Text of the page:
Introduction: Surgery for the treatment of ulcerative colitis (UC) can be performed in one-, two-, or three-stage procedures . The more traditional approach is a total proctocolectomy and creation of an ileo pouch-anal anastomosis and diverting stoma at the initial operation, followed by ileostomy closure several weeks later (TIPPA) . An alternative is an initial subtotal colectomy and end ileostomy . In this alternative approach (NIPAA), a completion proctectomy and definitive ileo pouch-anal anastomosis can be performed without a diverting stoma. We hypothesize that functional outcomes following a NIPAA approach when performed in children, in our experience, are likely similar or improved when compared to those treated by TIPAA. Methods: After IRB approval, a review of patients who underwent a two-stage Laparoscopic IPAA from 2004 to 2017 occurred. Data included demographics, diagnosis, surgical intervention time to full diet, level of continence, use of antidiarrheals and complications. Results: N = 41 (NIPAA = 14, TIPAA = 27). After establishment of bowel continuity, no significant differences in appetite recovery, continence, or complications were noted. The number of antidiarrheals prescribed were significantly higher in the TIPAA group (p = 0.01). Thirteen patients (31.7%) had pouchitis: 4 NIPAA and 9 TIPAA (p = NS). Of the 41 patients, 11 required subsequent surgery; 2 patients (18.2%) received NIPAA and 9 (81.8%) received TIPAA (p = 0.20). Two TIPAA patients received a diverting ileostomy owing to chronic anal pain and failure to achieve continence. Conclusion: This study suggests children with medically refractory UC treated by NIPAA or TIPAA have similar outcomes. Minimal differences in overall outcome were noted following either approach. However, NIPAA may reduce reliance on antidiarrheals to achieve satisfactory defecation outcomes. Level of evidence: III Retrospective comparative study.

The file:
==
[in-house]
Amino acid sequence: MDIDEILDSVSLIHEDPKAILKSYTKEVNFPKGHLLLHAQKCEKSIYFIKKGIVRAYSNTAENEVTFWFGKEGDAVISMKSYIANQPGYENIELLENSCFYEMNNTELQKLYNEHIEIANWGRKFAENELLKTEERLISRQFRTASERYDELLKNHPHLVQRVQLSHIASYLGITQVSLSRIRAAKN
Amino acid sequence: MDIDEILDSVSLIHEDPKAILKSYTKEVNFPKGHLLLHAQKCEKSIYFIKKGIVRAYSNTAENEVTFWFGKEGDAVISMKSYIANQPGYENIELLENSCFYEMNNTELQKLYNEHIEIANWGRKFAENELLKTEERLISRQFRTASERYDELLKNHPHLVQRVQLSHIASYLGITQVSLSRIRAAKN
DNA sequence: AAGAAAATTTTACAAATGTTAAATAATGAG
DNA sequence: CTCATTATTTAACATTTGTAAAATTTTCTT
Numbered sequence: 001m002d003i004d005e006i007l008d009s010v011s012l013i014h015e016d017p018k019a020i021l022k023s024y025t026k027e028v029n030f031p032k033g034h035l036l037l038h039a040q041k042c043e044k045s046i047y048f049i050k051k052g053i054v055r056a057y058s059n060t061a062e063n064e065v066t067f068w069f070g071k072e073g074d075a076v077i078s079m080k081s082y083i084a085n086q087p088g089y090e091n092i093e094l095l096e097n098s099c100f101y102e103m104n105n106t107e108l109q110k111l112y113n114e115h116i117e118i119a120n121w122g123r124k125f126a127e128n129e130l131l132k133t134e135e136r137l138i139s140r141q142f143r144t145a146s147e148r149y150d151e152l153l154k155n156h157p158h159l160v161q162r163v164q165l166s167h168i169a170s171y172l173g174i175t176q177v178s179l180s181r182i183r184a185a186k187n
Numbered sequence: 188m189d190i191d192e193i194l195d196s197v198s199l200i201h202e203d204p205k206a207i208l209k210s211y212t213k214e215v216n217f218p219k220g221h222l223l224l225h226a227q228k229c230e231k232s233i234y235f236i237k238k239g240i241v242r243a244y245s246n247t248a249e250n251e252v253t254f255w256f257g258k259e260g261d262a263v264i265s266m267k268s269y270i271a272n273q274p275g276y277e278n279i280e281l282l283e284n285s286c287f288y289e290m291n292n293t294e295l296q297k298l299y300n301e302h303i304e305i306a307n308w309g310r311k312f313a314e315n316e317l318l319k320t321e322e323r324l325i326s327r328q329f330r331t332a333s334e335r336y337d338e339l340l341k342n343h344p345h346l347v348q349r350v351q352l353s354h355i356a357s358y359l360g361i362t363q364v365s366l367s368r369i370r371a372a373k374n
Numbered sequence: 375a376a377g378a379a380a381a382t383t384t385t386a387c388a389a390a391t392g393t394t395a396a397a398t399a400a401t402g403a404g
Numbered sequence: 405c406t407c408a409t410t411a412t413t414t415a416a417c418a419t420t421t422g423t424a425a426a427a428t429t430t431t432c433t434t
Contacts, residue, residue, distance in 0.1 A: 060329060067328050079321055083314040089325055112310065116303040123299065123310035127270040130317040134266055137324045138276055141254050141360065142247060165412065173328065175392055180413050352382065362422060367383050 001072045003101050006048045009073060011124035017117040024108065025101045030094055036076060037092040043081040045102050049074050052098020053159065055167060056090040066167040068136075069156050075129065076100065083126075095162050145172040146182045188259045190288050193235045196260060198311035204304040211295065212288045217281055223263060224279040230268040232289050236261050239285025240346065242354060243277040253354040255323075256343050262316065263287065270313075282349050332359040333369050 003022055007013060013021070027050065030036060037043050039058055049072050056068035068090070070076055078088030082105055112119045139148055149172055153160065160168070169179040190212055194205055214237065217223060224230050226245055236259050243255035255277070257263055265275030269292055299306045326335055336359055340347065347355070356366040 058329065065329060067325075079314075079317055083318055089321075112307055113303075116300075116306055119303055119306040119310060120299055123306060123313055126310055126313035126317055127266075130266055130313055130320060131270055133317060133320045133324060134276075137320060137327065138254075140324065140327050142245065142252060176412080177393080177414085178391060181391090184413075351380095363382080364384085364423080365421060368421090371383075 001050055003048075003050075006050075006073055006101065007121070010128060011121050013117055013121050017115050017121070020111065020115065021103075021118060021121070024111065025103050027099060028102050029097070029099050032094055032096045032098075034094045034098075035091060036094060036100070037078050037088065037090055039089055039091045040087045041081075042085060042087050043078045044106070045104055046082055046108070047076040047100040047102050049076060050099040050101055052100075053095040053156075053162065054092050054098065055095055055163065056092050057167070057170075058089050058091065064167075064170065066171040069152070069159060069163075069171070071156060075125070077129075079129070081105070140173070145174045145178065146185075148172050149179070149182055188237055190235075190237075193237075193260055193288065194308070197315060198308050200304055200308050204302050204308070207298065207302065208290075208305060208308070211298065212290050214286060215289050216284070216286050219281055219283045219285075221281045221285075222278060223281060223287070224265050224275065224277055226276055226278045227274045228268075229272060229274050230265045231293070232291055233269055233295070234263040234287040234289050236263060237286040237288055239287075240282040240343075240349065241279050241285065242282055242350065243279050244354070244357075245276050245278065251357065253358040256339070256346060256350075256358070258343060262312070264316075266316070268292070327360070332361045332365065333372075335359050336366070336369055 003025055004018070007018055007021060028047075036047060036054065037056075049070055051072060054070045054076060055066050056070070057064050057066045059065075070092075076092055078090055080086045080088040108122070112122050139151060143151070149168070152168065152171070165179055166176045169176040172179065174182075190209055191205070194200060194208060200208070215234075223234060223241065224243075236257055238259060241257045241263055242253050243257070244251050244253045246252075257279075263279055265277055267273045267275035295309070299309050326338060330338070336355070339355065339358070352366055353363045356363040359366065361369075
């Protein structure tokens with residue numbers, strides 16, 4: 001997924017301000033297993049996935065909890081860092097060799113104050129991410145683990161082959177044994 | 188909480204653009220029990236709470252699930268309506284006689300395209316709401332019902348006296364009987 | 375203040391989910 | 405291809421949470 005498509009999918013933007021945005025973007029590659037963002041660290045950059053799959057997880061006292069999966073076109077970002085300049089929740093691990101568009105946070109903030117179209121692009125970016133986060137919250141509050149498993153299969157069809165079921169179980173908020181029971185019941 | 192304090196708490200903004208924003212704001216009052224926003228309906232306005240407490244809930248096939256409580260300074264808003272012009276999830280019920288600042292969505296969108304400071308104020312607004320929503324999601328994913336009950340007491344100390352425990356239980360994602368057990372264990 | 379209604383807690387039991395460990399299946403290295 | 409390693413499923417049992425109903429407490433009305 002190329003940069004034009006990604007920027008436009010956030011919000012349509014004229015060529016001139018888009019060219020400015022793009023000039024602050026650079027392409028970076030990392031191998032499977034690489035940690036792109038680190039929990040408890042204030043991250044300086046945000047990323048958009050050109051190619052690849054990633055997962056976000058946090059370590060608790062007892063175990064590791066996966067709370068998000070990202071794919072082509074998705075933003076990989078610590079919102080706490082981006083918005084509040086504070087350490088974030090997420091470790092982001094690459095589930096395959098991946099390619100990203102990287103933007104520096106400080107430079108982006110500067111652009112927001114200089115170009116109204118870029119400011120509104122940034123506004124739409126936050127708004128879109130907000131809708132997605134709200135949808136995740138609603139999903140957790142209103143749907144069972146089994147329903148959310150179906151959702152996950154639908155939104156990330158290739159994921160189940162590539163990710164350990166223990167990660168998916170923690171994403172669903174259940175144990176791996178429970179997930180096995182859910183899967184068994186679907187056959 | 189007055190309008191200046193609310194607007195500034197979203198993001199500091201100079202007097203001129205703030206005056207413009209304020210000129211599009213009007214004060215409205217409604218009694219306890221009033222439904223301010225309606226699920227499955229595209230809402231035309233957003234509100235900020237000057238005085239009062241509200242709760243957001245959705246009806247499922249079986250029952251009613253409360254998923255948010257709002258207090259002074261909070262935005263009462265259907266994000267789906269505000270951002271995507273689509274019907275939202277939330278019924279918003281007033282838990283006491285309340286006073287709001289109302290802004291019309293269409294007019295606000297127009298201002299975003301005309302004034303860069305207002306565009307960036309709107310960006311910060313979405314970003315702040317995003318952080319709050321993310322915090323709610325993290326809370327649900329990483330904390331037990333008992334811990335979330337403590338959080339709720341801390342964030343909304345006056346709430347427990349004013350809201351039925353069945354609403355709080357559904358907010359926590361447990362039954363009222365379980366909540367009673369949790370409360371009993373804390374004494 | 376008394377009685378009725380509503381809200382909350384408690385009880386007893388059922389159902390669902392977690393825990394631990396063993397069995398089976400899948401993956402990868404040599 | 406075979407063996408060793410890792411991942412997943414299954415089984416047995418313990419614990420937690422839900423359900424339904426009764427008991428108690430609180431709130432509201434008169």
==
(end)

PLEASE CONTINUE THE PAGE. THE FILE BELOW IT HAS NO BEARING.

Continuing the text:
- Ileopouch anal anastomosis
- J pouch
- Pediatric ulcerative colitis
ASJC Scopus subject areas
- Pediatrics, Perinatology, and Child Health